The concept was first developed when Dyson noticed a flaw in the design of bagged vacuum cleaners, which at the time were the only option on the market. The problem was that once a vacuum’s bag became more than ¾ full, the vacuum would start to lose suction, impairing its performance.
In the late 1970s Dyson had the idea of mimicking the centrifugal force of cyclones to create a vacuum cleaner that would not lose suction as it picked up dirt. For the next five years he built over 5000 prototypes in an effort to develop the first cyclonic vacuum cleaner.
Despite what may seem as thousands of “failures”, Dyson persevered with his creation and in 1983 launched the ‘G-Force’ vacuum cleaner. However it was rejected by UK manufacturers who feared that such an invention would disturb the lucrative market in replacement vacuum bags. Again undeterred, Dyson took his product to Japan where it was well received, even winning the 1991 International Design Fair prize.
Dyson hadn’t quite achieved his fairytale ending yet though, as his products still failed to gain interest from the major manufacturers. But again, rather than giving up, he made the decision to establish his own manufacturing company.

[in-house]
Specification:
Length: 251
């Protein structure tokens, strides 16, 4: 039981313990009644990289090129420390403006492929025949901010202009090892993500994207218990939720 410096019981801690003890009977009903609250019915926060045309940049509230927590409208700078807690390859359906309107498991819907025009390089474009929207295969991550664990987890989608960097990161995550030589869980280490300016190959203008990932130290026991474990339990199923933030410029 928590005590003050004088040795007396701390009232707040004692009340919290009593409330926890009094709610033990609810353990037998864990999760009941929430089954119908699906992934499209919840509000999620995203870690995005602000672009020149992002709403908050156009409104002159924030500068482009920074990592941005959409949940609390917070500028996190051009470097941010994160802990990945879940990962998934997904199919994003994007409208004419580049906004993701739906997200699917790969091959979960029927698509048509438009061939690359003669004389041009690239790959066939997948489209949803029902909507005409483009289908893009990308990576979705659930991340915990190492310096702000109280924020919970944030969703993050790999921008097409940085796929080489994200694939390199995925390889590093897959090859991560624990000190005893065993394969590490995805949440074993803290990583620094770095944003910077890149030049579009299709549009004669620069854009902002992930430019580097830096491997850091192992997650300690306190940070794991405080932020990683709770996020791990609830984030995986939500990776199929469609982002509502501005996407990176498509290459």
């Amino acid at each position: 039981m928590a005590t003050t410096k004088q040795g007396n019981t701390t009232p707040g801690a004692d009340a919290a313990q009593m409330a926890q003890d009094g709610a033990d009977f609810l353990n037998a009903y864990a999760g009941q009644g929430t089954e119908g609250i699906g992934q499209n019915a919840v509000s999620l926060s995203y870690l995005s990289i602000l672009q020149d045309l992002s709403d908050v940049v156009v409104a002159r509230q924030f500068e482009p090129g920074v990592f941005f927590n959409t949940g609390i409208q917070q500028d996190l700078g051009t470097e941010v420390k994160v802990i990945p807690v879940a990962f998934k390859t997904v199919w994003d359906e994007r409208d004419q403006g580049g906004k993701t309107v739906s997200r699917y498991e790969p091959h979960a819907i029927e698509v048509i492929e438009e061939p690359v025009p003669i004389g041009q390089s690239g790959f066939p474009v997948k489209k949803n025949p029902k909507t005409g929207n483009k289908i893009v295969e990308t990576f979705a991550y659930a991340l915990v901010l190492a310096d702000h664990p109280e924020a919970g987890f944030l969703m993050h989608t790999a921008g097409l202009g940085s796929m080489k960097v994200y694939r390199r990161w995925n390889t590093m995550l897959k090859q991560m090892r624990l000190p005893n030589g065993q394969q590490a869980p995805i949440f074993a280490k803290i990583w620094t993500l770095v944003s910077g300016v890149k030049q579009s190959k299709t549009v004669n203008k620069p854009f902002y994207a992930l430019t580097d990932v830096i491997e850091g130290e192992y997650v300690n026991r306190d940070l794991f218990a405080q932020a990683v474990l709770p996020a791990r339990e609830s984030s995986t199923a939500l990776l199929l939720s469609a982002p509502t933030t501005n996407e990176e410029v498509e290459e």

More than 10 years after the idea was conceived, Dyson finally achieved the breakthrough it had been waiting for into the UK market. Today Dyson outsells many of the companies who originally rejected the idea, and has become one of the UK’s most popular brands, with James Dyson being one of the most widely known British inventors.
The story doesn’t end there however; Dyson’s team of engineers are constantly working on ways to improve their products, for example the Dyson Ball vacuum, created in 2005, allowed their vacuums more manoeuvrability by utilising a rolling ball in place of wheels.
In addition to vacuum cleaners, Dyson have also used their patented technology to produce the ‘Airblade’ public hand-dryers which are now popular across the UK, and the ‘Air Multiplier’, a fan which operates without external blades.
Dyson has also founded the James Dyson Foundation, an educational charity which encourages young people to embrace the creative side of engineering. An important part of this is helping people to realise that mistakes or setbacks in the design process are not synonymous with failure, rather an important step which allows you to recognise where your concept can be improved and move closer to success.
Indeed, James Dyson is a beacon for this concept, achieving unprecedented success despite consistent setbacks which to a less determined inventor could have been perceived as reasons to give up their dream.